A relief helicopter and aid workers have come under attack, as government groups struggle to get aid to remote areas of southwestern Pakistan where a magnitude 7.8 earthquake left more than 350 dead and injured some 500 more Tuesday.
Two rockets fired from the ground were aimed at a military helicopter carrying chairman of National Disaster Management Authority (NDMA) Major Gen. Muhammad Saeed Aleem and other senior military official as it was conducting an aerial survey in a routine attempt to register the scope of damage. Although no one was injured in the helicopter incident it underscores the inability to get aid and relief to the affected areas, so remote that the death toll is far from finalized. And it's a rising concern among social workers and human rights watchers.
“There is a lot of animosity against the military in this area and since the Pakistani Army is leading the rescue efforts, it will be very difficult for them to operate, without coming under further attacks,” says Siddiq Baloch, editor of Balochistan Express, an English daily published from Quetta, the provincial capital.
“The areas where the earthquake has hit the most [are] inhabited mostly by the insurgents like Allah Nazar who, although in hiding, has been leading the separatist movement in the province,” says Mr. Baloch. And militants like Nazar are angry with the Pakistani government.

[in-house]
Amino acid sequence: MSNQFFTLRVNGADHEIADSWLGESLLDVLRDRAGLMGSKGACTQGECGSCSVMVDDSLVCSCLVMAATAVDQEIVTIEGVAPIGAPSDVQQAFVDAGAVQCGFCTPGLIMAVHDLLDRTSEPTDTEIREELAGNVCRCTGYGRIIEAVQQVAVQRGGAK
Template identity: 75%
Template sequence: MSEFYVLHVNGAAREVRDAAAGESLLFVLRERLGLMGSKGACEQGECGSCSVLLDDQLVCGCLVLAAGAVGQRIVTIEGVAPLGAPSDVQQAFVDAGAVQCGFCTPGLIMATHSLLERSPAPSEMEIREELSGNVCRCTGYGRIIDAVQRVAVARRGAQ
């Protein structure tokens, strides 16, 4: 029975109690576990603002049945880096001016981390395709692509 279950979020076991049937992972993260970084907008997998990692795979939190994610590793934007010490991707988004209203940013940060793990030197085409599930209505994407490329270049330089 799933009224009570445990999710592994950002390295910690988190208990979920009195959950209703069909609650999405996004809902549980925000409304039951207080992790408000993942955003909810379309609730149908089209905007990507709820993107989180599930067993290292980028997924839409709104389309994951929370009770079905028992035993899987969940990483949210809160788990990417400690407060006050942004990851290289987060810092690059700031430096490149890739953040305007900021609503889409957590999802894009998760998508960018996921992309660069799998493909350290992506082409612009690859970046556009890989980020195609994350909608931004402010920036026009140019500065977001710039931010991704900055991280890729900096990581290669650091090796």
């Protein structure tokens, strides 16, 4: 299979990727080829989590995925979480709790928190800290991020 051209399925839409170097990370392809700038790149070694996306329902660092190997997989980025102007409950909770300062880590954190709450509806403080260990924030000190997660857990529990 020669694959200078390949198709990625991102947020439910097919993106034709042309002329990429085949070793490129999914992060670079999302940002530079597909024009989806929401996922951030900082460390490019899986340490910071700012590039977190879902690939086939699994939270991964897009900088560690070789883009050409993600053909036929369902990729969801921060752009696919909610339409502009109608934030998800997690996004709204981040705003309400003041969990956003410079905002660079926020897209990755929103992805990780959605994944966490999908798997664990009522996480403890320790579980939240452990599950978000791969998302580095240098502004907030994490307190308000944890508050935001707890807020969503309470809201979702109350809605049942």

The people of Balochistan have been fighting an insurgency since Pakistan’s independence in 1947 and consider their province occupied territory by the Pakistani state.
People in this area feel they have been neglected for decades – they cite lack of schools, roads, and civil provisions here as proof. And the fact that in the past decade there have been multiple military operations against the insurgents in the same region feeds ill will toward the government.
The earthquake destroyed 90 percent of Balochistan’s largest district called the Awaran, but reports suggest that as of yet the government has not been able to reach out to all the villages that have been affected.
“For the first 24 hours no one could reach the [worst affected] areas. Even now most of the aid is stuck in Quetta [the capital city of the province], because security is a concern,” says Baloch. “If the government had paid any attention to these areas from before and built health and medical facilities there, which are currently nonexistent, things would have not been so bad. Many of the critically injured continue to die since they are receiving no help,” says Baloch, predicting that the death toll could reach 1,000.
Local social workers say this could be an opportune moment for the government to win hearts and minds of those who are disillusioned.
“It is a great opportunity to reach out to the locals through aid, and it is never too late to show them that you care,” says Mohammad Dawood, who heads a local nongovernmental organization called the National Welfare Organization in Balochistan, and has been attempting to provide aid in the area where the earthquake hit.
“The belt where the earthquake has happened is dangerous, especially for the Pakistani military and the paramilitary forces, and they will come under attack,” say Mr. Dawood explaining that the affected areas are governed by tribal chiefs, many of whom are anti-state.
One solution, he says is that local people from the tribes be enlisted to help coordinate the aid efforts, and that security forces only oversee the effort from a distance.